Online fraud has blossomed, and it’s easy to become a victim
In recent months we’ve seen a dramatic increase in fraudsters exploiting our increased volume of online shopping to con innocent victims into sending vast sums of money and personal details.
Fraud can begin with an unthreatening, exceptionally well-crafted, email or text message sent en masse to addresses that have somehow previously leaked onto the Internet. Messages will compel you to urgently update your details or send money to complete a transaction. The realism of the message combined with the urgency is enough to persuade many of us to act and comply with the fraudsters demands.
It’s so easy for fraudsters to engage in this type of activity, as buying bulk lists of email addresses is cheap. As a fraudster, you only need a small number of responders to fall for your scam to make the business case stack up.
Your only recourse, as a victim, is to contact your bank to seek help. Most high street banks have signed up to a voluntary industry code to reimburse customers who’ve fallen victim. However—as reported by Which?—only 46% of losses have been reimbursed. Not great odds, then.
Prevention is better than a cure
The financial services industry’s voluntary code contains a commitment by enrolled banks to educate customers on the risks associated with APP fraud. Many will be familiar with communications from their bank instructing them to never click on a link asking for payment. Sage advice indeed.
Online payment options can confuse consumers
Unfortunately, many of these same banks also invest in, or offer directly, services asking customers to click on payment links thereby normalising this fraud vector. The real issue that the industry needs to deal with is that the business case for delivering services over e-mail and SMS is currently too good for banks and fraudsters to ignore.
Thankfully, it’s now possible to implement online payments without asking recipients to click on a dodgy link with ‘who knows what’ level of threat hiding behind it.
Request to Pay is an alternative communication channel that was launched last year. It securely forges a secure communications channel between banks and payment service providers. In other words, access to it is controlled by regulated companies who must abide by the rules and regulations for the use of the service.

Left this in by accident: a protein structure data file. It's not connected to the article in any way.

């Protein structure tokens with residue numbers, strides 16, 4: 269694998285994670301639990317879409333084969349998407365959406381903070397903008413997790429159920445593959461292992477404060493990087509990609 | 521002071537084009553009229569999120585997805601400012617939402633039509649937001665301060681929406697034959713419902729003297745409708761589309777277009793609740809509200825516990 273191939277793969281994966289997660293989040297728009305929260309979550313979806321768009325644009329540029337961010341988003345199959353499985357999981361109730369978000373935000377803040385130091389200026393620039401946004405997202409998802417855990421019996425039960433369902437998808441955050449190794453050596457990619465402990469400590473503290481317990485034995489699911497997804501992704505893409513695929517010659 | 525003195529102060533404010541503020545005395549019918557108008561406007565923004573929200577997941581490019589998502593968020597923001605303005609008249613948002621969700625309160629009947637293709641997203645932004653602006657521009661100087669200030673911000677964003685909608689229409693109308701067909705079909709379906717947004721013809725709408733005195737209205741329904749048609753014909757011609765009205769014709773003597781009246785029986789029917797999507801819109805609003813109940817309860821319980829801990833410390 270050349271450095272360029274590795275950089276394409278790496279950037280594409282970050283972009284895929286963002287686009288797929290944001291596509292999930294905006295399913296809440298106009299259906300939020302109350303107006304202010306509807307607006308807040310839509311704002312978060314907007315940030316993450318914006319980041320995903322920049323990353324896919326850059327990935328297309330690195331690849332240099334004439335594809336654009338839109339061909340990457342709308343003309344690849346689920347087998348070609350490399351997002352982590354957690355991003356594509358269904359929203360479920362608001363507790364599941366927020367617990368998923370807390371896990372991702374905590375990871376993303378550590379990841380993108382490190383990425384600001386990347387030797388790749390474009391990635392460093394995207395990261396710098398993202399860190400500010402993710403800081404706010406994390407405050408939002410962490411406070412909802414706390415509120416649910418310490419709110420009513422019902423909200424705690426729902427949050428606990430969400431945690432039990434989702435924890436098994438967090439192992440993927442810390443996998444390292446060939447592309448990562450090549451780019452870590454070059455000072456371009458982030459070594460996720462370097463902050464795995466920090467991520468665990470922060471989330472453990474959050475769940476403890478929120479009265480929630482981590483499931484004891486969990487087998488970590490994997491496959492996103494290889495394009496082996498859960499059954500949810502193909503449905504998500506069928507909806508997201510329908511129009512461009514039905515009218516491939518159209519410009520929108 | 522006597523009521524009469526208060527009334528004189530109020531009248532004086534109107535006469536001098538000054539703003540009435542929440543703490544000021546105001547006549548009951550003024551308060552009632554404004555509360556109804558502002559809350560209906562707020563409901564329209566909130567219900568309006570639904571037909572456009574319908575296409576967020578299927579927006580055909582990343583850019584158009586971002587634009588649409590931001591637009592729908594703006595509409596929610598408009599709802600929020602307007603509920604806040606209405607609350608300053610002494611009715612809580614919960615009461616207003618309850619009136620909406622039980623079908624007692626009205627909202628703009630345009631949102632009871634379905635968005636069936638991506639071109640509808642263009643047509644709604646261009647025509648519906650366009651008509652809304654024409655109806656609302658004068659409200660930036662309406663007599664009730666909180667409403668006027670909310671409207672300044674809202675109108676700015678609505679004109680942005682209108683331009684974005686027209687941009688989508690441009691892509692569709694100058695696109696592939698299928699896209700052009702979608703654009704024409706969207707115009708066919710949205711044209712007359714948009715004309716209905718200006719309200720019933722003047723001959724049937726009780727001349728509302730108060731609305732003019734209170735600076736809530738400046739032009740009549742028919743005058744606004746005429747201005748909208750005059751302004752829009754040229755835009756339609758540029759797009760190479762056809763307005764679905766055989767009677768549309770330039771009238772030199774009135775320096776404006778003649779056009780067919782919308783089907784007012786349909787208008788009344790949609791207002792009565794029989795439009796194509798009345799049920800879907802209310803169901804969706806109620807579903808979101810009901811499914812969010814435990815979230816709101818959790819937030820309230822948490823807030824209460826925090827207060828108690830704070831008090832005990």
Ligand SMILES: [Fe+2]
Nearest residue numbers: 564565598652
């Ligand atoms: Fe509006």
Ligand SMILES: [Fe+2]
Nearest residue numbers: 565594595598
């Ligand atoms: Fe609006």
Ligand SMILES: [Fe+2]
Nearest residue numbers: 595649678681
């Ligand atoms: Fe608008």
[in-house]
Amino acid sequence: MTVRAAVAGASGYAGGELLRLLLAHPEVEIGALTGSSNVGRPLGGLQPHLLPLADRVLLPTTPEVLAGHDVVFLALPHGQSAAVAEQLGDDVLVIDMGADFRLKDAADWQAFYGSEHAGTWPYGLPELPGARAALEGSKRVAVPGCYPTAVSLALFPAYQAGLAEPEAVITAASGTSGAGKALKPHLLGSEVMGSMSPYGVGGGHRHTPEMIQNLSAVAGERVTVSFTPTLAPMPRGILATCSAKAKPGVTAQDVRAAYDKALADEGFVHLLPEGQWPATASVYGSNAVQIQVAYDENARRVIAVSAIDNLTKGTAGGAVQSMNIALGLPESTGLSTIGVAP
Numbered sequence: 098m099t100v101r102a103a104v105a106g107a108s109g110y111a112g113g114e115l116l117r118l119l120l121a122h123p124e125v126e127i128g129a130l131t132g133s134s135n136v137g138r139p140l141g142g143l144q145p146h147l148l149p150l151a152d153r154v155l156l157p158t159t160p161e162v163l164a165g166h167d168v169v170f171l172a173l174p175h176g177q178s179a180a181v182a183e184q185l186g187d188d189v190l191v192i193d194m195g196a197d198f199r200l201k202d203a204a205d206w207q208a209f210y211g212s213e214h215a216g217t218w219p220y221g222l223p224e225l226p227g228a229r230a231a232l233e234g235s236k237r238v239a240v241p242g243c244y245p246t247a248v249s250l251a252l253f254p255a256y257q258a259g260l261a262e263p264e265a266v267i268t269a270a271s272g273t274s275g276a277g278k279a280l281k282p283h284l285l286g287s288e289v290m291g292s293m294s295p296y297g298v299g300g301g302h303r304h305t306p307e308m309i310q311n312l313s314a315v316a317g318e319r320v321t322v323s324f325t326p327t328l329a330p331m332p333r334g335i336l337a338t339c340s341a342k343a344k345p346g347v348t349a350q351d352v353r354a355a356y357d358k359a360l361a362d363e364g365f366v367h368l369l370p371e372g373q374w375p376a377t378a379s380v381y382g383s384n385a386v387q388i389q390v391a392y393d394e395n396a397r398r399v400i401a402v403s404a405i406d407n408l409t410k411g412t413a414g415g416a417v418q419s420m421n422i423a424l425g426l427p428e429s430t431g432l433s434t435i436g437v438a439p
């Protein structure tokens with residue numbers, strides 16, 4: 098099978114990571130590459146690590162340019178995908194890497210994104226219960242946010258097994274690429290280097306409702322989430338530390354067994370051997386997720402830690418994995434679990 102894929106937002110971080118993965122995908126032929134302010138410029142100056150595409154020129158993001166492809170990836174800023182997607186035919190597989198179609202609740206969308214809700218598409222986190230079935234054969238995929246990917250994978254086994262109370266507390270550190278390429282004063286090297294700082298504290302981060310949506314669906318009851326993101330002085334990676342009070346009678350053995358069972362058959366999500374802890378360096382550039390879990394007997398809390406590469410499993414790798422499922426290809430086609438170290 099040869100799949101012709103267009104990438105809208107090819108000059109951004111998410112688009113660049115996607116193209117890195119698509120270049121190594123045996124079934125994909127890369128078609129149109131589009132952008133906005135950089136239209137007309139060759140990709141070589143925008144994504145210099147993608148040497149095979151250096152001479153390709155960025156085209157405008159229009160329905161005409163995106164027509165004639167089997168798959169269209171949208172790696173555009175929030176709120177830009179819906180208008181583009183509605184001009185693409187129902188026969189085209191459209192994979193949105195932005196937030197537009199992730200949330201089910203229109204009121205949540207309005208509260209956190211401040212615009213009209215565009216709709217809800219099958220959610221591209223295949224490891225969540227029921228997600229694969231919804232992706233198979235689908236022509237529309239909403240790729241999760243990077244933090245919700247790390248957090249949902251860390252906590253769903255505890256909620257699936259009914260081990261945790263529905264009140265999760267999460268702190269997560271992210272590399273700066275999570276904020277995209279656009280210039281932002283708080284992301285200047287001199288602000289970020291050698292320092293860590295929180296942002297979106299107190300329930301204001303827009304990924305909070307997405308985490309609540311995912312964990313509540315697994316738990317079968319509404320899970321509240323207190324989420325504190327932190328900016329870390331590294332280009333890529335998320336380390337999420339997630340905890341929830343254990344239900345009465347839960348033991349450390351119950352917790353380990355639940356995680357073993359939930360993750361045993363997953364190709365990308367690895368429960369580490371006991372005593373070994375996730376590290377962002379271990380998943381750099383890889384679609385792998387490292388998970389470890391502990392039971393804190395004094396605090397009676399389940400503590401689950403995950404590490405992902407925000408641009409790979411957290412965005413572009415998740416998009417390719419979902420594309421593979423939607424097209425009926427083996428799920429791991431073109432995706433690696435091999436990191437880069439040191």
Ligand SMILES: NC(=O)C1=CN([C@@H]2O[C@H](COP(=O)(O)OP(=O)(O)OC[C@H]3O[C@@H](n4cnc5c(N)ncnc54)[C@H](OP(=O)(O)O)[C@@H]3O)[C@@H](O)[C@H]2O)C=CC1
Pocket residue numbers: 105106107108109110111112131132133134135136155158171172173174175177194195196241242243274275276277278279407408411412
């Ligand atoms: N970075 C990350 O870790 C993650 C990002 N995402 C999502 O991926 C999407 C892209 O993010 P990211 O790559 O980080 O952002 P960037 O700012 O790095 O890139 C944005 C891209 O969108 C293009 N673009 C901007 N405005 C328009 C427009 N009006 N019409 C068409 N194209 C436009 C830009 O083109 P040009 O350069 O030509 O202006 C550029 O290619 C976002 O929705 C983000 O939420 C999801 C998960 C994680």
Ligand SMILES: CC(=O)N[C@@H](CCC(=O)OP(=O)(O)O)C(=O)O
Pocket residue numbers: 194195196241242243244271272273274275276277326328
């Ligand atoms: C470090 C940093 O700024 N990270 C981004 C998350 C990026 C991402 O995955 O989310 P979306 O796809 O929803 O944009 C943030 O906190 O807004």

How Request to Pay works
As a payer you choose which payment app/mobile bank app you want to receive your requests. You can then instruct your billers to send you payment requests to that app. Each biller must then send you a pre-authorisation message to confirm that you do indeed want to establish that payment relationship. The above process vastly limits potential fraud as it:
- Ensures that providers are regulated and follow scheme rules
- External third parties cannot send you a Request to Pay message
- No one can send you unsolicited messages
- You receive all of your messages in an app that you have chosen and trust
- You do not share your payment details with anyone
This makes it much harder for a fraudster to implement a phishing attack, whilst also ensuring that banks and payment providers have an outstanding business case; so, they can reap commercial rewards while complying with their own voluntary code.
For all of us, as bill payers, the introduction of Request to Pay is good news
In addition to minimising fraud other great benefits include the ability to see all of your bill payment requests in one place enabling you to prioritise which ones you want to pay first.
As Request to Pay a communication tool you can also request to part-pay or ask for a payment deadline extension from your biller to help you manage your money more effectively. As you have the choice of which app you want to use you can choose what payment methods you want to use to pay for your bills. You have more freedom than before but with greater security.
There are benefits for billers too
Industry adoption of Request to Pay is bad news for fraudsters but the added security it offers to banks and bill payers doesn’t come at the expense of billers.
Billers pay a fixed price for each request sent meaning no variable costs of payment processing.
Where the payer may use different payment methods, the biller receives a bank transfer from the payer’s provider each and every time meaning they now have only one process to manage.
Lastly, as it is an end-to-end communication channel, the transaction reference numbers needed for reconciliation are immutable, meaning they’re carried unchanged from being specified by the baller at the start of the request to the payment of the request saving thousands in messy reconciliation processes.
Request to Pay—the future of bill payment without the phishing risks
Request to Pay will very soon become the normal way to bill pay as deployments continue to roll out.
In the UK the standard was launched in 2020, Europe launches in June 2021 and services are planned or are piloting in Australia, Canada and the US.
If you are a bank or PSP who are reading this and want to find out more about how you can combat APP fraud with Request to Pay, please join our free webinar on the 22nd June, 2021 at 2pm BST, where we’ll be joined by Accenture and FIS to explain how Request to Pay is transforming the bill payments landscape, and how your business can get started with its own Request to Pay strategy. Sign up here…